What does the label “stoner” mean to you? A quick Google search defines the word as “a person who regularly takes drugs, especially marijuana.”
By definition, the word “stoner” isn’t inherently negative or positive, but it does create a unique dichotomy. It can be either derogatory or endearing depending on who you ask, who is using the word, and how it’s being applied.
Historically, the term has been stigmatized through propaganda, political rhetoric, and Hollywood stereotyping. To many, the act of getting stoned is celebrated as code for enjoying the relaxing nature of cannabis, but others will argue that stoners are lazy, sloppy, and immature.
What does the word "stoner" mean to you? Let us know below. 👇 We're working on a little something and would love your input. 👀
— Leafly (@Leafly) April 18, 2019
So how should we, as cannabis consumers of an uncharted legalization era, feel about the word “stoner”?
To get a wider perspective on this question, we asked Leafly’s social media followers. Let’s explore some of the recurring themes from those conversations.
If your perception of cannabis is negative, then that framework will likely be applied to those who consume or advocate for it.
“Stoner” has often been used to label cannabis smokers and box them into a single set of actions and ethos. A term some view as antiquated can be used as a slur when putting down the cannabis community, and it can ignore or overlook the therapeutic nature of cannabis.
The derogatory use of the word “stoner” tends to imply over-consumption, a lack of intent, or simply the recreational aspects of cannabis consumption. But whether you’re enjoying cannabis for its relaxing “recreational” effects or using it for specific medical benefits, it’s still something that can improve your life—and that’s something to celebrate.
The image of a tie-dye clad stoner is mainly the result of cannabis consumers being portrayed as hapless caricatures throughout Hollywood movies and other entertainment: the Jeff Spicoli-type who doesn’t have their shit together and only wants to get stoned, eat pizza, surf, and participate in non-conforming activities.
If you ask me, smoking weed, eating pizza, and hanging at the beach sounds like a great day, but I respect that others want more out of life. This exaggerated burn-out character is another way the stigma of cannabis leading to stupidity and laziness permeates pop culture.
Let’s be real though, some of the most motivated and innovative minds are passionate advocates for cannabis. The cannabis industry is full of creative risk-takers who love this plant and see a better future with it. So while the image of a non-motivated, immature stoner might not be wholly accurate, the rebellious and non-conforming spirit is alive and well in cannabis culture.
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The path of Cheech and Chong helped break cannabis consumption into the minds of the mainstream, but it also plays on some of the harmful stereotypes that work against cannabis legalization. It’s important to laugh and not take ourselves too seriously, while at the same time, realizing the capability and responsibility we have to shape the image of cannabis consumers.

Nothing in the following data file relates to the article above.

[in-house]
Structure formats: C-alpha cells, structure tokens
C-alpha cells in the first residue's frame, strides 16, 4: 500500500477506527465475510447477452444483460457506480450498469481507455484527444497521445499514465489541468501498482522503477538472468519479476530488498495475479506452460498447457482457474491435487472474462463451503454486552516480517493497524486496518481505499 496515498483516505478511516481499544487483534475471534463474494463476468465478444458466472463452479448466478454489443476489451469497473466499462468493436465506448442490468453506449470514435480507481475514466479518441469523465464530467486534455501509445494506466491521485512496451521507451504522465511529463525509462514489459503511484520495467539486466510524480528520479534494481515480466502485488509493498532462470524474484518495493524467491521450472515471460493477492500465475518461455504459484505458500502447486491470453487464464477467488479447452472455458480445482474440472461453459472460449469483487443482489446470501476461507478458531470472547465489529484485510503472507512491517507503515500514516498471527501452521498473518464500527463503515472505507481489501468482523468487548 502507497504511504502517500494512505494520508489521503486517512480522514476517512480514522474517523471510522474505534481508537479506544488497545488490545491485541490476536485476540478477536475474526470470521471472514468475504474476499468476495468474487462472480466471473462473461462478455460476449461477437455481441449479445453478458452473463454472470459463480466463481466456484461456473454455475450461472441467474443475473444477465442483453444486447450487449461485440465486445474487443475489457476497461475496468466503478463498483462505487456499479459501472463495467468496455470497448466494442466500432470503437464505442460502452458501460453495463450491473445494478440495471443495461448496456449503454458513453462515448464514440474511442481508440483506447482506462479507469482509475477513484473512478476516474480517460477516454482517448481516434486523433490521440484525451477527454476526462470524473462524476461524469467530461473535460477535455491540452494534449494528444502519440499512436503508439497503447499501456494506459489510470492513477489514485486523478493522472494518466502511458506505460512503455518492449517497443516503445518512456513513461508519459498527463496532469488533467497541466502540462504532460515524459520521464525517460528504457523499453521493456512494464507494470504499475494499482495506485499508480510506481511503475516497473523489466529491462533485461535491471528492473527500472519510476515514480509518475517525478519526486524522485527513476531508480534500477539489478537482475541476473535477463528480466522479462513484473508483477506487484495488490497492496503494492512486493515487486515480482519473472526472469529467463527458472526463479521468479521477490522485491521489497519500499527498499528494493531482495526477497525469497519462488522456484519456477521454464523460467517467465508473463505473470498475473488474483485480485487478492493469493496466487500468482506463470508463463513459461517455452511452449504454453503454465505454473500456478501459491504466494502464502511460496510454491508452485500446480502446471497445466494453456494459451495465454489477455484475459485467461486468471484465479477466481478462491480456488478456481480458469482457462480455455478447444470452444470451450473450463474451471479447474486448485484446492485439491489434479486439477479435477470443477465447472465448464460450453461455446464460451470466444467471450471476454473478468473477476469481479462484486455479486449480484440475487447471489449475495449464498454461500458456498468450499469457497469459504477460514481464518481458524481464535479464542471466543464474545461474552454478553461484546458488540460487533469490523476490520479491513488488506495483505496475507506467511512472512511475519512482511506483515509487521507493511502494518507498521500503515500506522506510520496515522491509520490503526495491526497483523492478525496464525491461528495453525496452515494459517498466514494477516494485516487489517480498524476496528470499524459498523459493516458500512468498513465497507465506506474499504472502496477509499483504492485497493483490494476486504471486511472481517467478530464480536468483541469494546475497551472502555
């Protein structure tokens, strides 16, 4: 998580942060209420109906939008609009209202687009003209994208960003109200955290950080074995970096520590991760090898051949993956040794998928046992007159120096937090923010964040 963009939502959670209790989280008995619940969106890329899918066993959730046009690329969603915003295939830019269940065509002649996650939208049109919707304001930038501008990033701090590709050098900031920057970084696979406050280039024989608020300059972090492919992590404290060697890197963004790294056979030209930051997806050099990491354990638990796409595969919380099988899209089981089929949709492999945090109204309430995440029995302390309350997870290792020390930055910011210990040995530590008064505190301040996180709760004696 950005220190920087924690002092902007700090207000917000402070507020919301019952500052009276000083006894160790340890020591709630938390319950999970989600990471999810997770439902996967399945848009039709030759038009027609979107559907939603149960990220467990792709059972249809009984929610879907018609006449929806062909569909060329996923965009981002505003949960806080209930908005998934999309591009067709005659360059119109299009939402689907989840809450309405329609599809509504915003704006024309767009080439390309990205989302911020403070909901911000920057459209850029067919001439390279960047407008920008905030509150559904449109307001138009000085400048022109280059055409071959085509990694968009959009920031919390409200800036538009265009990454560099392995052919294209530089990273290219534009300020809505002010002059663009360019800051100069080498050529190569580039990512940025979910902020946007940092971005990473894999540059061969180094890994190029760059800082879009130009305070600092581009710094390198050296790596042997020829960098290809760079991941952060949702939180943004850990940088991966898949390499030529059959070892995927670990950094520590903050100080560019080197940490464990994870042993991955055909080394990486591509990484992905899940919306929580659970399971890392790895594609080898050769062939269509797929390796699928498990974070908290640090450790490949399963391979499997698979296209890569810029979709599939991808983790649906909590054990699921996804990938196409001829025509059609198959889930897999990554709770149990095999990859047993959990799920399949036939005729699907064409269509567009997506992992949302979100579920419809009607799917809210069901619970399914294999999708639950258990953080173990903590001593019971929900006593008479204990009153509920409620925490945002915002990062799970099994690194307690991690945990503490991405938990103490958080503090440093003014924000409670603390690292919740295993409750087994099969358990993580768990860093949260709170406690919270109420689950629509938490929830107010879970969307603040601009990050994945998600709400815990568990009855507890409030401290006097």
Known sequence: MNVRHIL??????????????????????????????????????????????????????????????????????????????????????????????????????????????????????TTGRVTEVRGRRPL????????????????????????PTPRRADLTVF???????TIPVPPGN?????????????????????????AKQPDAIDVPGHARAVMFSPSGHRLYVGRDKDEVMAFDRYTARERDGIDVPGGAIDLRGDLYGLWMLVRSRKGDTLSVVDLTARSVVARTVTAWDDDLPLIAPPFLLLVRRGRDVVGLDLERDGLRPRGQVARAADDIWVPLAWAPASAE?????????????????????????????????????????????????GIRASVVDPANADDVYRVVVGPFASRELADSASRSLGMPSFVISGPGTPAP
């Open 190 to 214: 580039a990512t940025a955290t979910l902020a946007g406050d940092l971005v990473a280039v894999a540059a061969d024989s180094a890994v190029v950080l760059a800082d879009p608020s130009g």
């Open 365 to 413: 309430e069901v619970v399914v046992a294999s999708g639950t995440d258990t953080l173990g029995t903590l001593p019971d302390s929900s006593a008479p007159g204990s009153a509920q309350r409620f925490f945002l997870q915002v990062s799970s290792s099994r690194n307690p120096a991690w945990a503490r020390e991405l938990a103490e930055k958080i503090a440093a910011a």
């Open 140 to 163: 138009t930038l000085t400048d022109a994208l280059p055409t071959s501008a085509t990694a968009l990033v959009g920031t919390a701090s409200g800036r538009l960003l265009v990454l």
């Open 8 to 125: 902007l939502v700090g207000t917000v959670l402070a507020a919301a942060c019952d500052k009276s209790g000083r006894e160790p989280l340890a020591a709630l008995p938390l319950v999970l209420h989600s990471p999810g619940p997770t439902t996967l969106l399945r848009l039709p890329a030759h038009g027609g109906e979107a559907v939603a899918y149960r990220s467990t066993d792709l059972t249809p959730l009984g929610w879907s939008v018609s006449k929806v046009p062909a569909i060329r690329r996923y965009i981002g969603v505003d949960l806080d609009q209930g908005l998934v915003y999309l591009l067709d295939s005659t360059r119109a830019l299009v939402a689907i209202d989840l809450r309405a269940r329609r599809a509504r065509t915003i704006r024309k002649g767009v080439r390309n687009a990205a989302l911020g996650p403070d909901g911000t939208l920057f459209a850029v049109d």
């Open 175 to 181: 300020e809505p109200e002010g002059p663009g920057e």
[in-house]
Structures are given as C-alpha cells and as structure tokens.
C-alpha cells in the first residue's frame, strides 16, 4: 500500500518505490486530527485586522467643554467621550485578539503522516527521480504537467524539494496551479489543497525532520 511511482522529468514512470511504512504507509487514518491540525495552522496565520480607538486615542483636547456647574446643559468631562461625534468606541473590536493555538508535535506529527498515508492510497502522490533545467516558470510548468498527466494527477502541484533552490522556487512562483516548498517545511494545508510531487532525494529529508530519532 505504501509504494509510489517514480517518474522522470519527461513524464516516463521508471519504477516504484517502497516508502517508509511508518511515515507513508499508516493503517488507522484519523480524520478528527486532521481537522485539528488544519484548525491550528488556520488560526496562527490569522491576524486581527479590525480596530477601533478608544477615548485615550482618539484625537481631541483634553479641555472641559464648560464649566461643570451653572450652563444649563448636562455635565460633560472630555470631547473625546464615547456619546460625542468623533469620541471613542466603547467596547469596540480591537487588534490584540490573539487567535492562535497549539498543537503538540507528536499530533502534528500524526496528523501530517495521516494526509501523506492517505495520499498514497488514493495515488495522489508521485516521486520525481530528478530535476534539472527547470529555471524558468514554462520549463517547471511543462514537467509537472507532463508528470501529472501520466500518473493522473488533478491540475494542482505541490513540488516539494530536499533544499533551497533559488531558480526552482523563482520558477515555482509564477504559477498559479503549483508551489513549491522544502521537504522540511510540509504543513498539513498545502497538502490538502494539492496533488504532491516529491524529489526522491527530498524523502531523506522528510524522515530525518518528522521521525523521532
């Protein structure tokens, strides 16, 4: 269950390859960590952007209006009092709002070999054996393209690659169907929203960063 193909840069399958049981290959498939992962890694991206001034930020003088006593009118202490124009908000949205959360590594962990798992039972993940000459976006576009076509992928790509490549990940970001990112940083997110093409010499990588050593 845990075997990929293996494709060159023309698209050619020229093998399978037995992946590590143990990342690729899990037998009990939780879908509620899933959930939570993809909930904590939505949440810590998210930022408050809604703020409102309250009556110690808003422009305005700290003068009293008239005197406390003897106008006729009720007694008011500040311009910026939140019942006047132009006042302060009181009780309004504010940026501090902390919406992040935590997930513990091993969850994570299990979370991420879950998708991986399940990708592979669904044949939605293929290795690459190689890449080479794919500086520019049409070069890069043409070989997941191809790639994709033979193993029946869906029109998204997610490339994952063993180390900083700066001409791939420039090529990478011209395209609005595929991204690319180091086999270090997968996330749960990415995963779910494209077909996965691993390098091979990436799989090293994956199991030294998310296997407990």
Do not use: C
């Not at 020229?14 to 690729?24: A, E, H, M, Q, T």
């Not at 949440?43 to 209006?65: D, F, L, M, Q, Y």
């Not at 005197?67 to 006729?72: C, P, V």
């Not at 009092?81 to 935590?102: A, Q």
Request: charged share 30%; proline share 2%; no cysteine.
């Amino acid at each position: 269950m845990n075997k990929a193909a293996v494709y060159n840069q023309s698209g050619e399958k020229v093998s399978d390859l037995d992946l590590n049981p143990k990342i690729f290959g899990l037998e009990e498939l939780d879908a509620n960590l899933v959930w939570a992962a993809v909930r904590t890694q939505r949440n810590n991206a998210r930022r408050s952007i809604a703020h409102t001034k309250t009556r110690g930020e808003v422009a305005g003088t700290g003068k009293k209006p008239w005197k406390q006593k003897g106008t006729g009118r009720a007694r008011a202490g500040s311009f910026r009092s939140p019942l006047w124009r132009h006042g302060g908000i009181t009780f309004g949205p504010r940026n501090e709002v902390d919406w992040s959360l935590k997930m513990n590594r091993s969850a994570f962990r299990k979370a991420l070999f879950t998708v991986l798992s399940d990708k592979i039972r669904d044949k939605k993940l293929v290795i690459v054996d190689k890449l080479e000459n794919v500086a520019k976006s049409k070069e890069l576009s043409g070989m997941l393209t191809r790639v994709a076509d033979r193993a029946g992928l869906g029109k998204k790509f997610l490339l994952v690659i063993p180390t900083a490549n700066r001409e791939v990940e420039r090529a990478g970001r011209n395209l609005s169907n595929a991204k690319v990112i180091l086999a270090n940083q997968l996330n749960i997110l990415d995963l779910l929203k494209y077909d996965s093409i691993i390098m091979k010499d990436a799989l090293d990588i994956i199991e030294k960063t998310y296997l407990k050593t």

Badge of Honor
If you identify as a stoner, you likely wear it as a badge of honor. Many associate their deep affection, knowledge, and passion for cannabis with their stoner identity.
The label stoner can exemplify the level of knowledge and commitment you’ve made to the plant and the culture that surrounds it. Connoisseurs celebrate and discuss the many nuances of cannabis in great detail and in a similar fashion to wine drinkers and other respected sophisticated experiential products like food, drink, or cigars.
The stoner badge of honor is an outward expression of your alignment with cannabis. Some choose to embrace it and aren’t afraid to let others know they consume cannabis. It can be a tool or label of your individual civil disobedience in the face of cannabis prohibition.
In this sense, a stoner is someone who is excited about everything cannabis has to offer and is eager to share it with everybody else. Personally, I take no issue identifying as a stoner and have embraced the opportunity to share the fact that cannabis works for me and can help others, too.
Amongst friends, the term “stoner” can be endearing, if not a little disparaging at the same time. My friends, even the ones who smoke regularly, often call me the stoner of the group. That’s because they know my passion and excitement for the plant exceeds theirs. When they have questions or are hyped to show off the latest strain they’ve come across, I’m the stoner they call.
They might also poke fun at my stoner ways, but their label never comes from a place of disdain. This shows the important role tone plays when using a label with a history of minimizing a culture. It’s one thing to label yourself as a stoner, but it’s another to label others as such.
Stoner Culture Evolved
When it’s all laid out in front of you, it’s easier to see how polarizing a simple word can be. It also becomes more apparent how much our own personal experiences influence our point of view.
Many of the people who responded to our questions on social media explained that the term “stoner” is worth reclaiming and evolving. I tend to agree.
The modern stoner can be a deep thinker with a mellow disposition—someone who is rational and intelligent, but also values being silly and lighthearted. Being a stoner can be as simple as living a lifestyle that aligns with cannabis or supporting laws that provide safe access for all.
Derogatory or flattering? Slur or respect? Do you consider yourself a stoner? If not, how do you describe your affinity for cannabis, or do you feel the need to? Your identity with cannabis is yours alone and something that you should find solace in.